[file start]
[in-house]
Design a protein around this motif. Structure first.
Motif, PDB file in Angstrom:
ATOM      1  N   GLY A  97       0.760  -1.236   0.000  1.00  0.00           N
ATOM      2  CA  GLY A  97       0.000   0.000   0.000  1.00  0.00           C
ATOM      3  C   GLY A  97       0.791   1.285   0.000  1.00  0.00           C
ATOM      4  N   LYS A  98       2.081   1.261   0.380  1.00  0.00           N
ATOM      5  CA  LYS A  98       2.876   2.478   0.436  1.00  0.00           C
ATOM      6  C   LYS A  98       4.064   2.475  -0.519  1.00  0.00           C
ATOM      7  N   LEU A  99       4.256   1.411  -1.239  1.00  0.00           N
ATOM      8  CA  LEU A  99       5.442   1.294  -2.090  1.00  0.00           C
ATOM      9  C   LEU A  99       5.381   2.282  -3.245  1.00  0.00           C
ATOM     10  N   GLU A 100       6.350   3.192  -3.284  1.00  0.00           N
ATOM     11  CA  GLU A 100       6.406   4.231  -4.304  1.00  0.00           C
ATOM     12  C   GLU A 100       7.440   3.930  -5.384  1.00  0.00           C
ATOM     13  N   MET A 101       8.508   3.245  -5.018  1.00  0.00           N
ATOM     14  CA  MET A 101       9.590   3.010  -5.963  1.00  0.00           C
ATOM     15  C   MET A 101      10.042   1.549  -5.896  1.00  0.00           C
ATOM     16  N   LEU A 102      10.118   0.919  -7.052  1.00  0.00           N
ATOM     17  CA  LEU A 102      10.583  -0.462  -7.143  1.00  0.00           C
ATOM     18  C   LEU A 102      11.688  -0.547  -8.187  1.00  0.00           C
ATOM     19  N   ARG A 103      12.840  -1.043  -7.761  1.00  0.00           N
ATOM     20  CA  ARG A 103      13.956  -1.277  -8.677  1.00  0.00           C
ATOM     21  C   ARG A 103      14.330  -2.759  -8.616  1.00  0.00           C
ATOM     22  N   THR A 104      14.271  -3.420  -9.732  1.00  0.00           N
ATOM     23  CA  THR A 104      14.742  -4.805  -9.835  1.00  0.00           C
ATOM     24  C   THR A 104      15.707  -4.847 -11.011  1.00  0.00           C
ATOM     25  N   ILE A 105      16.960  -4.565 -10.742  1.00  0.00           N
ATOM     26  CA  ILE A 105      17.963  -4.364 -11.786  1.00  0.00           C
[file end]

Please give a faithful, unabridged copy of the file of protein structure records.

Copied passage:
[in-house]
Design a protein around this motif. Structure first.
Motif, PDB file in Angstrom:
ATOM      1  N   GLY A  97       0.760  -1.236   0.000  1.00  0.00           N
ATOM      2  CA  GLY A  97       0.000   0.000   0.000  1.00  0.00           C
ATOM      3  C   GLY A  97       0.791   1.285   0.000  1.00  0.00           C
ATOM      4  N   LYS A  98       2.081   1.261   0.380  1.00  0.00           N
ATOM      5  CA  LYS A  98       2.876   2.478   0.436  1.00  0.00           C
ATOM      6  C   LYS A  98       4.064   2.475  -0.519  1.00  0.00           C
ATOM      7  N   LEU A  99       4.256   1.411  -1.239  1.00  0.00           N
ATOM      8  CA  LEU A  99       5.442   1.294  -2.090  1.00  0.00           C
ATOM      9  C   LEU A  99       5.381   2.282  -3.245  1.00  0.00           C
ATOM     10  N   GLU A 100       6.350   3.192  -3.284  1.00  0.00           N
ATOM     11  CA  GLU A 100       6.406   4.231  -4.304  1.00  0.00           C
ATOM     12  C   GLU A 100       7.440   3.930  -5.384  1.00  0.00           C
ATOM     13  N   MET A 101       8.508   3.245  -5.018  1.00  0.00           N
ATOM     14  CA  MET A 101       9.590   3.010  -5.963  1.00  0.00           C
ATOM     15  C   MET A 101      10.042   1.549  -5.896  1.00  0.00           C
ATOM     16  N   LEU A 102      10.118   0.919  -7.052  1.00  0.00           N
ATOM     17  CA  LEU A 102      10.583  -0.462  -7.143  1.00  0.00           C
ATOM     18  C   LEU A 102      11.688  -0.547  -8.187  1.00  0.00           C
ATOM     19  N   ARG A 103      12.840  -1.043  -7.761  1.00  0.00           N
ATOM     20  CA  ARG A 103      13.956  -1.277  -8.677  1.00  0.00           C
ATOM     21  C   ARG A 103      14.330  -2.759  -8.616  1.00  0.00           C
ATOM     22  N   THR A 104      14.271  -3.420  -9.732  1.00  0.00           N
ATOM     23  CA  THR A 104      14.742  -4.805  -9.835  1.00  0.00           C
ATOM     24  C   THR A 104      15.707  -4.847 -11.011  1.00  0.00           C
ATOM     25  N   ILE A 105      16.960  -4.565 -10.742  1.00  0.00           N
ATOM     26  CA  ILE A 105      17.963  -4.364 -11.786  1.00  0.00           C